Educating family may be another important RN role during active substance sessions. By answering any questions and offering family support, the nurse can enable the therapist to focus on the patient. 

Even after the active session, the hospice nurse will continue to evaluate the patient for outcomes. Ongoing support and guidance are critical components of the nurse’s role in psychedelic medicine. 

Advanced Practice Psychedelic Nurses 

Advanced Practice Nurses (APRNs), like Nurse Practitioners (NPs) and Doctorates of Nursing Practice (DNPs), could also be vital for psychedelic therapy implementation and access. 

The APRN role will likely be closer to the subscriber. Under medical supervision, NPs and DNPs may evaluate a patient and prescribe psychedelic therapy. Psych NPs can help prepare a patient for therapy by managing medications and determining their mental readiness. 

APRNs are a huge asset for patients because they help alleviate the shortage of doctors. APRN involvement will allow more people to access psychedelics and experience their benefits.  

APRNs have already helped with psychedelic access to ketamine. Many Certified Registered Nurse Anesthetists (CRNAs) deliver ketamine infusions in the clinic setting. We hope that APRNs will help increase the availability of other psychedelics as they become available. 

Key Takeaways for Nurses Interested in Psychedelic Medicine

“The growing field of psychedelic therapy will greatly benefit from nursing participation in the interdisciplinary effort to develop safe, effective clinical approaches to psychedelic-assisted therapies. . . Psychedelic-assisted therapies offer great potential to alleviate suffering and cultivate healing, growth, and peace amid illness, and nurses are well prepared to contribute.”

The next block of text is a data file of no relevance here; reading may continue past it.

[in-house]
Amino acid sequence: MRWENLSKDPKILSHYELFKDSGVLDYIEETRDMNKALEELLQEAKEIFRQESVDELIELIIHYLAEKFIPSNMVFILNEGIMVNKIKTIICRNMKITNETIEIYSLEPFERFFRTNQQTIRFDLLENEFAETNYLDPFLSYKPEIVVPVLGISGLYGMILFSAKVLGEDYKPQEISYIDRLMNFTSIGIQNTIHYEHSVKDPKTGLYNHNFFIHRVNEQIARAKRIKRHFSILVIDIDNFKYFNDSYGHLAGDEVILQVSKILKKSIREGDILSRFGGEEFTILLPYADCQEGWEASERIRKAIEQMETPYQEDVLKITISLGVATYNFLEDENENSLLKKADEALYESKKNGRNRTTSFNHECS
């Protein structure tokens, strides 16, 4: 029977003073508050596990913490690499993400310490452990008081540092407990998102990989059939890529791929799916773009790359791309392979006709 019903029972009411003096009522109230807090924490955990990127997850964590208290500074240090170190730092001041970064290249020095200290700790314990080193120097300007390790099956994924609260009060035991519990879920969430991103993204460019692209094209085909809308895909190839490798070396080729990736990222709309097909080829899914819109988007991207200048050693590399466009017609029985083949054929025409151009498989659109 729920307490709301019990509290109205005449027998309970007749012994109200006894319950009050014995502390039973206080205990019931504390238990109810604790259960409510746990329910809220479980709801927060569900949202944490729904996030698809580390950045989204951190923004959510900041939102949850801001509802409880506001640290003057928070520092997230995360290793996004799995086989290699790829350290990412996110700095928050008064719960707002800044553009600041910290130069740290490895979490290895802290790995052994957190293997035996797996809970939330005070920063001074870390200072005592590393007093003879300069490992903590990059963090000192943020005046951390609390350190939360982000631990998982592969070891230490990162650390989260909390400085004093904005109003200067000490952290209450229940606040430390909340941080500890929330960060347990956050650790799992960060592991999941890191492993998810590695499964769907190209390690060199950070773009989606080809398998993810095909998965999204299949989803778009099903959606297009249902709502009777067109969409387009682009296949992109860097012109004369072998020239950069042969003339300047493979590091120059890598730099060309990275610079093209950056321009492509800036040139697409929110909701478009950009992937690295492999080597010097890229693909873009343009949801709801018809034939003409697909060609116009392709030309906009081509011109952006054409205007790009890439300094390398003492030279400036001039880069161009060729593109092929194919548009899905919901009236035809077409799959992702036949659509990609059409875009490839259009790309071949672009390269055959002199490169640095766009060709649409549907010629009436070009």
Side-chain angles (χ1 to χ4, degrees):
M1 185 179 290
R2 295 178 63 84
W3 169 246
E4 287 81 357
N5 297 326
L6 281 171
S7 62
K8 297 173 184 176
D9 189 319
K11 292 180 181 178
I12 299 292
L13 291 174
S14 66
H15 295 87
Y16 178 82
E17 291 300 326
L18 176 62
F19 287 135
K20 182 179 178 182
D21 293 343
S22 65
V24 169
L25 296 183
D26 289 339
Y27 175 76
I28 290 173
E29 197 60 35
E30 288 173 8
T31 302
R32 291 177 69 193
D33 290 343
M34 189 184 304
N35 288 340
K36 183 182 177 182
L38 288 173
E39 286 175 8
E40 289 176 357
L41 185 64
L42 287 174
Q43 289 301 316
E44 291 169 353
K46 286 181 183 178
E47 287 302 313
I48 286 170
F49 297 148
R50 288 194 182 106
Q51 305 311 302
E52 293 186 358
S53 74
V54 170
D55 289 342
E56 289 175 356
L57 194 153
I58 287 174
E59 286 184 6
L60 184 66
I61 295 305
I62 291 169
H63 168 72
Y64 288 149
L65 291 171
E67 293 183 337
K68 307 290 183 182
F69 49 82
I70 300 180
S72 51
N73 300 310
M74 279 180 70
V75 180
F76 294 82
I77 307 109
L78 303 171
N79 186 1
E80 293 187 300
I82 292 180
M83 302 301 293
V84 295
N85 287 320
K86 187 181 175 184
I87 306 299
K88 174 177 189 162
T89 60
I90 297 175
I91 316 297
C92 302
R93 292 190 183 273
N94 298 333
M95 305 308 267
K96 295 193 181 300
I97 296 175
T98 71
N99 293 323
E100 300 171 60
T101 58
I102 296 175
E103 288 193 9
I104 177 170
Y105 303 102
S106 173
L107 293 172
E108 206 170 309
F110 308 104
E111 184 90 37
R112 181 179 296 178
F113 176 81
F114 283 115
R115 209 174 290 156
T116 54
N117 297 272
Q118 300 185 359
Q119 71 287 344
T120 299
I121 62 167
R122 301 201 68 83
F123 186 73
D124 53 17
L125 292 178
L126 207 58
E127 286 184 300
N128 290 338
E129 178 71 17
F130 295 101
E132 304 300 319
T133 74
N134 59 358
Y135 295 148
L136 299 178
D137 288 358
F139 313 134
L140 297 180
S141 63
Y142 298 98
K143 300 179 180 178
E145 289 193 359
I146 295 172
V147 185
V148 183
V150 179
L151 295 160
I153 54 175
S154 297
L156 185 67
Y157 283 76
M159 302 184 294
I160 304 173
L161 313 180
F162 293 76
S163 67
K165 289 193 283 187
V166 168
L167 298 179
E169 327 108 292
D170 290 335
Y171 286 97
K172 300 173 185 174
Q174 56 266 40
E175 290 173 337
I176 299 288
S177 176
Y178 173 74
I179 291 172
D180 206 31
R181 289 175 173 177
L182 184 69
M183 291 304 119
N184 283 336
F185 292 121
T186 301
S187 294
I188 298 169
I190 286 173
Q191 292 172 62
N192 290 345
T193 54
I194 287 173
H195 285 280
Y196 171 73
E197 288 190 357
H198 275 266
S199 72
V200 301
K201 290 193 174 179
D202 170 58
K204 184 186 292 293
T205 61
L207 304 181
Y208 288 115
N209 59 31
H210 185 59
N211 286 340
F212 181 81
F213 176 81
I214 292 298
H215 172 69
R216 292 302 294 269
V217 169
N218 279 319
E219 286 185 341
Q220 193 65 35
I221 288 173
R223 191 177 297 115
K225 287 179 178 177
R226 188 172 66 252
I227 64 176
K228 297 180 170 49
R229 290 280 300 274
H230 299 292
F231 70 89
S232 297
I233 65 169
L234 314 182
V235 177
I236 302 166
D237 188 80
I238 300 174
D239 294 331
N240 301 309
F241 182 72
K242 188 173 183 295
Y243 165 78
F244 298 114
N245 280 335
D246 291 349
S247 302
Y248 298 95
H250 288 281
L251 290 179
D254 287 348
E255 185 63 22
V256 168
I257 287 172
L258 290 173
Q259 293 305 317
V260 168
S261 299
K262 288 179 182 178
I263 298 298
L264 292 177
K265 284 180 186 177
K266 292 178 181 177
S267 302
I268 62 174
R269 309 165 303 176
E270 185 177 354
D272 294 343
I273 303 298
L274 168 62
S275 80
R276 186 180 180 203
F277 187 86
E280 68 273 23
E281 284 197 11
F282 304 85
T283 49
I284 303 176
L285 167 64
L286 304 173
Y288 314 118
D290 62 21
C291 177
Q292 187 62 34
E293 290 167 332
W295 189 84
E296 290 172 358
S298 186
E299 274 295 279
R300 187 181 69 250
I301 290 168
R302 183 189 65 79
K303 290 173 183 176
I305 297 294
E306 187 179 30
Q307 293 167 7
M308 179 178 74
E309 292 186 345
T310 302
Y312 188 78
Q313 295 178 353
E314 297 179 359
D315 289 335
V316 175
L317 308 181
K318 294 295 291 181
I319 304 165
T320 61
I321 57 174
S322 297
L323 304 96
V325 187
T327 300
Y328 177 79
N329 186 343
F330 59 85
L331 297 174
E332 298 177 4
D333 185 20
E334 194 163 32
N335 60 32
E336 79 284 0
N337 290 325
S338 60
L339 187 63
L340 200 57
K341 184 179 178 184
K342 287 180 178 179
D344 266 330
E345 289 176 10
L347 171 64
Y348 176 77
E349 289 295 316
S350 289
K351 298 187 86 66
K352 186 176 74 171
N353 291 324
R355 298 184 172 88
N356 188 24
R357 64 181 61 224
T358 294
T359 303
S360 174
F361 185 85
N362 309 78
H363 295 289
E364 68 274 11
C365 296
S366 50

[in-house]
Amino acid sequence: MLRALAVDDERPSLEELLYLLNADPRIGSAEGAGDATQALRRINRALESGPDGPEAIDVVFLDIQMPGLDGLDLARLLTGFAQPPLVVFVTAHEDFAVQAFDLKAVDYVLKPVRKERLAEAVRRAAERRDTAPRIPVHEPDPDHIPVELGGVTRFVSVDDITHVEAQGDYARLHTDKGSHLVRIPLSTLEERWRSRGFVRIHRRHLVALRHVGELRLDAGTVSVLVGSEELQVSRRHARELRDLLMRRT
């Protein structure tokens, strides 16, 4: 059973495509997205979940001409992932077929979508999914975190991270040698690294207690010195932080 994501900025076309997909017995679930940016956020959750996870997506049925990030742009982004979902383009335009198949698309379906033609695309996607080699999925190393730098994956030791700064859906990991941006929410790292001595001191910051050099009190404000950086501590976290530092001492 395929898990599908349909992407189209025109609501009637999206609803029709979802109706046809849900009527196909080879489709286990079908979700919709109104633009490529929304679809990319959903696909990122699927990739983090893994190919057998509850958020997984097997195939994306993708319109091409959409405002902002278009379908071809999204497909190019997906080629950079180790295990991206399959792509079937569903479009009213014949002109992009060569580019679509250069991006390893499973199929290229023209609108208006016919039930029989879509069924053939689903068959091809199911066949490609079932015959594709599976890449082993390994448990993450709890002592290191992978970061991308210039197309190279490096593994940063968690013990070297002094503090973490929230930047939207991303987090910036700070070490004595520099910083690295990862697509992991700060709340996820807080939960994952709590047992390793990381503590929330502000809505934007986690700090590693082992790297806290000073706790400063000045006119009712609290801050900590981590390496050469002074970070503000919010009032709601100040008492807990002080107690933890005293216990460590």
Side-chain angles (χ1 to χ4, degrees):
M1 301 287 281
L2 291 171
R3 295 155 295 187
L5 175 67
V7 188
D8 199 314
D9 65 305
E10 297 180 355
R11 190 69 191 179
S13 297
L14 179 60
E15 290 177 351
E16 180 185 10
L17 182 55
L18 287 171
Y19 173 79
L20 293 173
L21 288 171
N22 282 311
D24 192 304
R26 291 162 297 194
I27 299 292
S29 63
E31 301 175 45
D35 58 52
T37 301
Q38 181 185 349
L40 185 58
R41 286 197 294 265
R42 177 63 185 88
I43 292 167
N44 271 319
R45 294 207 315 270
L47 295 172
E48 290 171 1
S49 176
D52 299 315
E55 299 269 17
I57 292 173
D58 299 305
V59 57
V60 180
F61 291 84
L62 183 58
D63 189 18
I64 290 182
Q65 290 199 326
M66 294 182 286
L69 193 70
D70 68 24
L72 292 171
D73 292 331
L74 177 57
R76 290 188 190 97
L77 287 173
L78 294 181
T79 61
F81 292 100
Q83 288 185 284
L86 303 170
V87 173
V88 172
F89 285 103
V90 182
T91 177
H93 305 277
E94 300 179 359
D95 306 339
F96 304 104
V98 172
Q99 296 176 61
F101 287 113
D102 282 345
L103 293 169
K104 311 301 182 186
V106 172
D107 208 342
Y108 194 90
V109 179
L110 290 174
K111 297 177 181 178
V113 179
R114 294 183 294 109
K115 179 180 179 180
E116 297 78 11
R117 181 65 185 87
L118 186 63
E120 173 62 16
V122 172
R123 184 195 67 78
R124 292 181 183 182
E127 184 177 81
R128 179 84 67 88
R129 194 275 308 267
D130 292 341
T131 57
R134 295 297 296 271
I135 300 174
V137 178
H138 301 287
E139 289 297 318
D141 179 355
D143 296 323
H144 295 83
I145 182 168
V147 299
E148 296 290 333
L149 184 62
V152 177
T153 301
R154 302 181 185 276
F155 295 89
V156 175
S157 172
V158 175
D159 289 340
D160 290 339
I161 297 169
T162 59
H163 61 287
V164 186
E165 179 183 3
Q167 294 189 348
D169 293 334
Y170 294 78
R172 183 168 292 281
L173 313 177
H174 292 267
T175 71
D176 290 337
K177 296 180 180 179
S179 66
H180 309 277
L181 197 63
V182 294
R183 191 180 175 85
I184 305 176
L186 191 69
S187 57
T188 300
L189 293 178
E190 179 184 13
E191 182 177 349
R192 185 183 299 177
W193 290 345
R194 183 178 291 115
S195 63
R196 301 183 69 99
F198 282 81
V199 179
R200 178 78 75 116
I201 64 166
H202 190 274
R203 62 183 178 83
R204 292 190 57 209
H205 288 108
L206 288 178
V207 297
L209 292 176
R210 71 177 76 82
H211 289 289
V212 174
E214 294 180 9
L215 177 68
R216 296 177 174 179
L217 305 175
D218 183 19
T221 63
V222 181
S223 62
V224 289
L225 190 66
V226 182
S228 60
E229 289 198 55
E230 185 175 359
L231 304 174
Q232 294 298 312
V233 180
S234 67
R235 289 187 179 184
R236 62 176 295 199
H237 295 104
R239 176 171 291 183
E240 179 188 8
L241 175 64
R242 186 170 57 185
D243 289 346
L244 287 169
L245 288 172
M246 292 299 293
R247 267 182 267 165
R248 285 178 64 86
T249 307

– Andrew Penn, MS, NP, PMHNP-BC [2]

The nurse’s role in psychedelic therapy will be multi-fold. There are so many opportunities for nurses to enter the evolving field of psychedelic medicine. By increasing patient safety, supporting therapists, and subscribing, nurses will be key players in bringing psychedelic therapy to the masses. 

Are you a nurse looking to be part of ground-breaking mental health treatments? You could help patients experience the life-changing benefits of psychedelic medicine. Join OPENurses, a psychedelic nursing organization co-founded by Andrew Penn, Wendy Marussich, Angela Ward, and Liz Willis. Check out Andrew’s talk from our monthly free speaker series on how nursing informs psychedelic medicine.

Psychedelic Support Monthly Speaker Series


  1. Marks, M., Cohen, I.G. Psychedelic therapy: a roadmap for wider acceptance and utilization. Nat Med 27, 1669–1671 (2021).
  2. Penn, A., Dorsen, C. G., Hope, S., & Rosa, W. E. (2021). Psychedelic-Assisted Therapy: Emerging Treatments in Mental Health Disorders. The American journal of nursing, 121(6), 34–40.
  3. Pilecki, B., Luoma, J. B., Bathje, G. J., Rhea, J., & Narloch, V. F. (2021). Ethical and legal issues in psychedelic harm reduction and integration therapy. Harm reduction journal, 18(1), 40.
  4. Niles, H., Fogg, C., Kelmendi, B. et al. Palliative care provider attitudes toward existential distress and treatment with psychedelic-assisted therapies. BMC Palliat Care 20, 191 (2021).

The content provided is for educational and informational purposes only and should be a substitute for medical or other professional advice. Articles are based on personal opinions, research, and experiences of the author(s) and do not necessarily reflect the official policy or position of Psychedelic Support.

Published by:
Author: Marie Hasty, RN
Marie Hasty, RN
I'm Marie Hasty - a nurse, medical copywriter, and artist living in Charlotte, North Carolina. I get to use my clinical and academic background to create accurate, readable medical copy. I am passionate about writing informative articles for patients and the community.